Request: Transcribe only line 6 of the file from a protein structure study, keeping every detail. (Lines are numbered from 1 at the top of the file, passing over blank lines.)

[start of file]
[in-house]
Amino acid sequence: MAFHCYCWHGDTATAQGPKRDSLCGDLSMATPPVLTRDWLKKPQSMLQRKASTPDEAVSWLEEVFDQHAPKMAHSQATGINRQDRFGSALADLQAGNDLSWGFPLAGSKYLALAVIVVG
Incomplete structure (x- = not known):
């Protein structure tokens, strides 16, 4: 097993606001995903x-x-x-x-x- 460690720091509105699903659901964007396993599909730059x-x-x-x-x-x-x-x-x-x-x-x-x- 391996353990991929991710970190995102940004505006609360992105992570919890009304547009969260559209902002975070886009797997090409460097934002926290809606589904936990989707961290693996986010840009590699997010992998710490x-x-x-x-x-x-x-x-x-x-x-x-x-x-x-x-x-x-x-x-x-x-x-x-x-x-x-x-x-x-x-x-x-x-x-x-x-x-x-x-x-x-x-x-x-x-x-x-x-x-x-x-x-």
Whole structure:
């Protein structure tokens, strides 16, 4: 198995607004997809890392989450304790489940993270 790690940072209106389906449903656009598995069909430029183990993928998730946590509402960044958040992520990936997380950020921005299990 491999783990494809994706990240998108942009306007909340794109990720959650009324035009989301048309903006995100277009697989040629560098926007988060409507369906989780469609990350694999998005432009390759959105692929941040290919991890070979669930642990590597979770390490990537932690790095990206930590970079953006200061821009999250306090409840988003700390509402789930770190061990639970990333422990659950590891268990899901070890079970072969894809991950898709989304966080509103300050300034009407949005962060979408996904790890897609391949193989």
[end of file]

């Protein structure tokens, strides 16, 4: 198995607004997809890392989450304790489940993270 790690940072209106389906449903656009598995069909430029183990993928998730946590509402960044958040992520990936997380950020921005299990 491999783990494809994706990240998108942009306007909340794109990720959650009324035009989301048309903006995100277009697989040629560098926007988060409507369906989780469609990350694999998005432009390759959105692929941040290919991890070979669930642990590597979770390490990537932690790095990206930590970079953006200061821009999250306090409840988003700390509402789930770190061990639970990333422990659950590891268990899901070890079970072969894809991950898709989304966080509103300050300034009407949005962060979408996904790890897609391949193989």